Don’t Worry — We Won’t Run Out Of Krill


I was with my husband and a friendly couple, admiring the natural beauty of a mountain pass with snow capped peaks in the distance, when the other gentleman told us that a major natural food chain was removing all of the krill oil from its shelves, because the harvesting of krill was not a bio-sustainable practice.

Now I am usually pretty cool about science; looking at data, revising opinions.  I have never really considered myself an ecologist, since the politics are often richer than the data.  (Ask someone if they actually think the globe is getting warmer and it is not usually necessary to inquire about their political affiliation.)

I just looked him right in the eye and said “No way, this is nuts!”

People rarely look at the whole of an issue.  People rarely make rational decisions.  I mean, we are not exactly wired the ways computers are wired.  From buying a house or car to choosing a spouse, people rarely think rationally at all, relying mostly on “guts” and all kinds of other reasons for preference that we can barely think to describe.  So maybe it is too much to actually get people to think rationally about krill.

The reason I knew he and the natural store were wrong is quite simple; there are a lot of krill in this world — an awful lot.

Krill are very teency marine crustaceans; that is, animals resembling shrimp.  They are considered part of marine “zooplankton;” that is,  the first link in the food chain; animals that are only a couple of micrometers long, that flow freely in our oceans. They are the principal food of baleen whales, who take in great amounts of them with the water.

Here are some clear sketches of what these essentially microscopic entities look like: (Kind of like patriarchs or matriarchs whose family bring them great plates of foods, at Las Vegas buffets.)

Several hundred million tons a year are present, making it the biggest biomass; the biggest weight of living things, on earth, period, and replacing itself at least as fast as it is harvested.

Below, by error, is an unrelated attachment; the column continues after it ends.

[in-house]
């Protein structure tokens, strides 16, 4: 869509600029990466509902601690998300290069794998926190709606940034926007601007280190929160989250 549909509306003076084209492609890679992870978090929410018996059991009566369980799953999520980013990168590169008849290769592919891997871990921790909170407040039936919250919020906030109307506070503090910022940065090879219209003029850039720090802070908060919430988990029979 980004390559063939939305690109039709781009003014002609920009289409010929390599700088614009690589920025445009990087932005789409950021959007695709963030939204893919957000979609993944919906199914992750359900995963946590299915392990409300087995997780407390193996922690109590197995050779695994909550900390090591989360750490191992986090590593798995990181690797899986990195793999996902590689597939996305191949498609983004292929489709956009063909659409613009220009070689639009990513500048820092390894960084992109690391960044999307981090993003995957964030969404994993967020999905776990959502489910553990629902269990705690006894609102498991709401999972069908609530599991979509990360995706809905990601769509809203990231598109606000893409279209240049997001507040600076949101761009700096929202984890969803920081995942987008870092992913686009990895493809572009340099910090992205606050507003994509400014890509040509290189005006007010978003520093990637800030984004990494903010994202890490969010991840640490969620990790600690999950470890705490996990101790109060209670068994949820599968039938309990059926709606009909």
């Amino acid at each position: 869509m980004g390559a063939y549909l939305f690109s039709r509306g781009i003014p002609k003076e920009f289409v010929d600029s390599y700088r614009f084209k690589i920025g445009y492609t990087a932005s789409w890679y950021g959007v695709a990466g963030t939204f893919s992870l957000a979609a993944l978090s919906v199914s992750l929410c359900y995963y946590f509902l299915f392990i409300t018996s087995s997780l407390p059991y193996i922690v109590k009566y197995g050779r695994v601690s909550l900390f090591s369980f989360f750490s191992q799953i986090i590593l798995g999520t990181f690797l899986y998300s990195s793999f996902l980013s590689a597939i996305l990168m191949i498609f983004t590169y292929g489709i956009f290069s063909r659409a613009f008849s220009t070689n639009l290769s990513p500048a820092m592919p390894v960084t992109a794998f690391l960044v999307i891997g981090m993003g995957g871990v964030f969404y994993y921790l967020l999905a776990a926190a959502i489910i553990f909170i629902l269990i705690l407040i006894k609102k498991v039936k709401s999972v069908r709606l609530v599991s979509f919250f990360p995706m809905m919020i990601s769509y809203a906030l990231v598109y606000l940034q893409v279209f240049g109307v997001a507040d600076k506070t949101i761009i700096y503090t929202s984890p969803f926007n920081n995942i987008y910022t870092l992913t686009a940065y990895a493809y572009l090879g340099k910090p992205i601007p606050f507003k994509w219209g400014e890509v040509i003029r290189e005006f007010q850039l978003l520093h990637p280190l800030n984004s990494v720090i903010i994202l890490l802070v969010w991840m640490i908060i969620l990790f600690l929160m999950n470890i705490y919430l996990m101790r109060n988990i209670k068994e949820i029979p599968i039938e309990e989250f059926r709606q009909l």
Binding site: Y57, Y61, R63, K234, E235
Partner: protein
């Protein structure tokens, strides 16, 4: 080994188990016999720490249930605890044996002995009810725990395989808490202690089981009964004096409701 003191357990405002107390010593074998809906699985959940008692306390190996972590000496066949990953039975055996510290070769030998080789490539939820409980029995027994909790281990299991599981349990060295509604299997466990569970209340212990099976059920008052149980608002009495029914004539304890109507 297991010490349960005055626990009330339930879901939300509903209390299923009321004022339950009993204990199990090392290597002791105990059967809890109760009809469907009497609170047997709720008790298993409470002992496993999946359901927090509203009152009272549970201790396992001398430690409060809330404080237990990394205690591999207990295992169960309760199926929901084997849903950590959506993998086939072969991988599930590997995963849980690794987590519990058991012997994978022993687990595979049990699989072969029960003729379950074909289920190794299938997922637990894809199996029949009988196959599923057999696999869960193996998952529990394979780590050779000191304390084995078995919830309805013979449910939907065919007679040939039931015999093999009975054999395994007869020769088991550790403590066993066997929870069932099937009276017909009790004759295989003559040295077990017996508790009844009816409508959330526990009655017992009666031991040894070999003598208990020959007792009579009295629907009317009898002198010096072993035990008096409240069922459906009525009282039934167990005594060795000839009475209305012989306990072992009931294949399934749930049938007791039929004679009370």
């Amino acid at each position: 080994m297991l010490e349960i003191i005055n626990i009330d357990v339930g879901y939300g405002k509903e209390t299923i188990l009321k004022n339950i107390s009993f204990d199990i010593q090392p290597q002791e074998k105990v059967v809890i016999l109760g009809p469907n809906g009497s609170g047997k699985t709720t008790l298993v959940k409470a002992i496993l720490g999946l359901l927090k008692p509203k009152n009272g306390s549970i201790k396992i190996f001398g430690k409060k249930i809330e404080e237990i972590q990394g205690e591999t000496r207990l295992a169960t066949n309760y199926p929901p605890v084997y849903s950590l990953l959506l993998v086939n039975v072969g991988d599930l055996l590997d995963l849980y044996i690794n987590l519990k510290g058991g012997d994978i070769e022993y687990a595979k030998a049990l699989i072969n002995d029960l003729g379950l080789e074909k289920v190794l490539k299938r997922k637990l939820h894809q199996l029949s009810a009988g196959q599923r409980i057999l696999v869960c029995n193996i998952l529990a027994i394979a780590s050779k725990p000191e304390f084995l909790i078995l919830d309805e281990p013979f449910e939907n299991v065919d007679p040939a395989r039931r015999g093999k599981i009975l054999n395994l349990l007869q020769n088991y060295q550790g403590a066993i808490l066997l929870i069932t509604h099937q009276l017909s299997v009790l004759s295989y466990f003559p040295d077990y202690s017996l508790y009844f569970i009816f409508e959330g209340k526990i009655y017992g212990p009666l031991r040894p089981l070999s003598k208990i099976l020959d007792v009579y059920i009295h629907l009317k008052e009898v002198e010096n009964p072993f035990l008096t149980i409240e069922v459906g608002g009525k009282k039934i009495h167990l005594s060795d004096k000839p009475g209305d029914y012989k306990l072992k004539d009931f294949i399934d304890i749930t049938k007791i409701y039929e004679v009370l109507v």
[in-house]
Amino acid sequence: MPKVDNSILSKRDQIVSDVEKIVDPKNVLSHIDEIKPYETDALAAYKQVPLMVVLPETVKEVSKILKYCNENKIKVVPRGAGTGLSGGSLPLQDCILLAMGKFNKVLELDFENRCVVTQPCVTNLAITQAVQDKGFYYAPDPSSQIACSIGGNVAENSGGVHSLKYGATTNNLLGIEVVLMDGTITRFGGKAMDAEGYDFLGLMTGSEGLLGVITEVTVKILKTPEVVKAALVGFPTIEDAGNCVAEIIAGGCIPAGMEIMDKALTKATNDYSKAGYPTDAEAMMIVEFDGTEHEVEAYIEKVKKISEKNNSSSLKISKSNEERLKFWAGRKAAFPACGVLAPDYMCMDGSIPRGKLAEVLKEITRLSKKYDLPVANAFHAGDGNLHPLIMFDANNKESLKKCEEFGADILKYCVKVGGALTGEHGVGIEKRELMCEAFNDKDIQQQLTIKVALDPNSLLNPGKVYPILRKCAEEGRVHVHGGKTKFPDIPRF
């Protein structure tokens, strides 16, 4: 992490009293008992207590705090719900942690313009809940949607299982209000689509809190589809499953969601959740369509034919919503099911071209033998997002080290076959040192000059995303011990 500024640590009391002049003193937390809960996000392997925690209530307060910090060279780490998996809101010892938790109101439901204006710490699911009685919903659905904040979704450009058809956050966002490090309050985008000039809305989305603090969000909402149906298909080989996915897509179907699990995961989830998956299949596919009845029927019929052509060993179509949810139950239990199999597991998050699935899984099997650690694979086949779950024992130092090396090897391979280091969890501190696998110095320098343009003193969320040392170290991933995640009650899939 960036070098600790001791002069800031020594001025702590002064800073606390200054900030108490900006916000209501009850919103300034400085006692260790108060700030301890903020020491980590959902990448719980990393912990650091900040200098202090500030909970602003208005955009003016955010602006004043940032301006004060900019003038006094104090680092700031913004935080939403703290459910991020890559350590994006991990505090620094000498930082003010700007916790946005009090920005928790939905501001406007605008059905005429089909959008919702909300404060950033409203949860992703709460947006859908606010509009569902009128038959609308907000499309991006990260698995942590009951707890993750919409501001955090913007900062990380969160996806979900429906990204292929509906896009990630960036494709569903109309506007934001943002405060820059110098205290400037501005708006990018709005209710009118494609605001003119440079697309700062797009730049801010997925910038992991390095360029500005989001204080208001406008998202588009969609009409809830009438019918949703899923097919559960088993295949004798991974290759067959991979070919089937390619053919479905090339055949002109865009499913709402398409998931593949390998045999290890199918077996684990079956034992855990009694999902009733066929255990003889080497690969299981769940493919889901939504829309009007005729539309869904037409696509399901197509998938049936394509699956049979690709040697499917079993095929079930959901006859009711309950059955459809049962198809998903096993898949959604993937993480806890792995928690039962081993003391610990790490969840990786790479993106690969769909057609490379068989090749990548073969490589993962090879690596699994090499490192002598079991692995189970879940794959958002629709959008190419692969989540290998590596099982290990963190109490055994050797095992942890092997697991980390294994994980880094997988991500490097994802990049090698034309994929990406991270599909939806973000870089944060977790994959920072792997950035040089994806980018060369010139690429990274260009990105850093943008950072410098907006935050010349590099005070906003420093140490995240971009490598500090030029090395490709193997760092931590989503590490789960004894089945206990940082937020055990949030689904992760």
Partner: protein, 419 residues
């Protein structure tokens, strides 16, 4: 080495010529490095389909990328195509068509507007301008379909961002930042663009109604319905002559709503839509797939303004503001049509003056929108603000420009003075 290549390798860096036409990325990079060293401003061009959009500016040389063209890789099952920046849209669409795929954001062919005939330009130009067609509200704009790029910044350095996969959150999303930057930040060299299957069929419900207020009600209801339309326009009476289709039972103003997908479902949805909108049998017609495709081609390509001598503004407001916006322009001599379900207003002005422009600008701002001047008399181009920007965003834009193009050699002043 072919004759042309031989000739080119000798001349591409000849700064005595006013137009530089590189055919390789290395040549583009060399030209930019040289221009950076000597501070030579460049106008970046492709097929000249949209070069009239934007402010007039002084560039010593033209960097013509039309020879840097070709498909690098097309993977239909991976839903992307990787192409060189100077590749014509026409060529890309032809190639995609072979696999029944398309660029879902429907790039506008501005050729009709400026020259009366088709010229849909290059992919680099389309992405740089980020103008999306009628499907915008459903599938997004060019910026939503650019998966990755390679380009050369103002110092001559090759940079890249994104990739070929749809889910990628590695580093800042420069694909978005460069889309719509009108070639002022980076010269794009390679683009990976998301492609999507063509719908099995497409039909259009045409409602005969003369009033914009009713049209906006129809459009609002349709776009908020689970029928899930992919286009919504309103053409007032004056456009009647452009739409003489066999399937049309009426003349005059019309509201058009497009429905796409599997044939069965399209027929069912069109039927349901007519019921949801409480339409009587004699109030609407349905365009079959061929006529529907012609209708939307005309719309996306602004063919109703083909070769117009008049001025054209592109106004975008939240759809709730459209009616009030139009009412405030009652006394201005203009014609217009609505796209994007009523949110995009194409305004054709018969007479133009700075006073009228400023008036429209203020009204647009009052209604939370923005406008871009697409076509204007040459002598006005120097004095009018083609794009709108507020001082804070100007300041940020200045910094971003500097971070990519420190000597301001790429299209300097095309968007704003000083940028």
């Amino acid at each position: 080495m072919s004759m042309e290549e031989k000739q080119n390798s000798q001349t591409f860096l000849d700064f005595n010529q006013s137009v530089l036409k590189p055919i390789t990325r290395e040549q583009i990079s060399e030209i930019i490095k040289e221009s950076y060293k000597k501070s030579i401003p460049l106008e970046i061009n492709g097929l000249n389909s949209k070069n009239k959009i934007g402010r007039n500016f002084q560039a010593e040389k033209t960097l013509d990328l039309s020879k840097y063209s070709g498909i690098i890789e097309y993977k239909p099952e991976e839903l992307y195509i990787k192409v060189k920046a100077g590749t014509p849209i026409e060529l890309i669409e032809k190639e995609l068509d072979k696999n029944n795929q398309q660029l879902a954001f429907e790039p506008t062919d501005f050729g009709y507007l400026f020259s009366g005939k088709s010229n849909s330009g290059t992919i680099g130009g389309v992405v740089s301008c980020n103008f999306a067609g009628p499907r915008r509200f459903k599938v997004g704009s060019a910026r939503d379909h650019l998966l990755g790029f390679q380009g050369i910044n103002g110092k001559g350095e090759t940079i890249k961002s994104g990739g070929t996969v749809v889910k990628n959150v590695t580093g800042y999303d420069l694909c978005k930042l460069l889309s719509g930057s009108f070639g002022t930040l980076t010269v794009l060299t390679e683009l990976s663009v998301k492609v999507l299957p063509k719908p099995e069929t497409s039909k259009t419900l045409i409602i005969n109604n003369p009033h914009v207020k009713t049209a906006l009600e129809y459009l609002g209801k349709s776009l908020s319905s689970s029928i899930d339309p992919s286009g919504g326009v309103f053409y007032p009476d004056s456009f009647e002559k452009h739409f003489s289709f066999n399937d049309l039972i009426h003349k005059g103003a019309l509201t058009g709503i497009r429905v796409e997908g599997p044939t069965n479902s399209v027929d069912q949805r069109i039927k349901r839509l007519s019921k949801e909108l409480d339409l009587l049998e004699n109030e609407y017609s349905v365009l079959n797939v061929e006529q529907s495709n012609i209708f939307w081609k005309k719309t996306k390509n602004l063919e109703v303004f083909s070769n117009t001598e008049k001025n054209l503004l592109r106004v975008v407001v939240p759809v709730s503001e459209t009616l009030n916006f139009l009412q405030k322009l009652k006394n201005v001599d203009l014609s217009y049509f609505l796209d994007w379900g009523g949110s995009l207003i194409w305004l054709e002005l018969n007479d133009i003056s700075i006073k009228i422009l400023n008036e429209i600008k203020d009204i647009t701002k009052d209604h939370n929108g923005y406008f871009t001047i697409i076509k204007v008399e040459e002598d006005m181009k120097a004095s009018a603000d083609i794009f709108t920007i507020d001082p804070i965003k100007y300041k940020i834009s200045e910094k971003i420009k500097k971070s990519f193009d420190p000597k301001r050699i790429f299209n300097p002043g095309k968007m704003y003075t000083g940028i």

There is a nice synthesis on what is going on with krill, really, by Dr. Joseph Mercola.

Let us follow up what is actually going on here.

There is plenty more on the web for both sides, but one thing is immediately evident.

The people who want to protect the krill harvest are talking about banning such in the waters off California, where it is possible that the rockfish population has dropped a bit.  Rockfish eat krill.  The only people who cite quantitative, seemingly objective data, are the ones who say there is plenty of krill.  It seems to be in Antarctica, where people who harvest krill for nutritional supplementation generally do so.

It seems as if we are doing an emotional “save the whales” sort of science manipulation, destined to manipulate the general public into crediting certain natural food stores for trying to be “nice” to the environment.

It would be wonderful, really wonderful, if every time a decision were made on “science” the general public could be trusted to followup and check out that science, and try to be as quantitative as possible about it, and hack through the forests of “let’s try to be politically correct” type agendas.

A lot of water has passed under the bridge since Thomas Jefferson invoked the sovereignty of a knowing public to eliminate extremism by balancing it.  The public has instead turned to what amounts to populist propaganda — exemplified by our major broadcast news networks —  where simplified knowledge and opinion are sorted into “right” and “left” political stances — neither of which can embrace krill without a lot of translation.

I always considered myself too lucky to have been taught by the best how to generate and evaluate scientific data. Anyone can learn who wants to, I think, but it is not particularly simple and takes some work.  People can at least choose who they listen to. At the very least, people ought to be able to tease out some of the commercial agendas that are behind pseudo-scientific statements and decisions.

Instead, the masses tend to be lazy and to let people who share their prejudices and fears become their pundits, and allowing them to make decisions for them.  In fact — to do their thinking for them.

I would love some yummy krill about now, although it is admittedly only one way to get the eicosapentanoic and docosahexanoic acid (better known as EPA/DHA) that will build my nervous system.  I will not be helping to render whales extinct.

If you are interested in finding out more about Fish Oil, Krill Oil and other ways to get EPA/DHA from your diet and supplements, I have a free report that makes it easy to understand.

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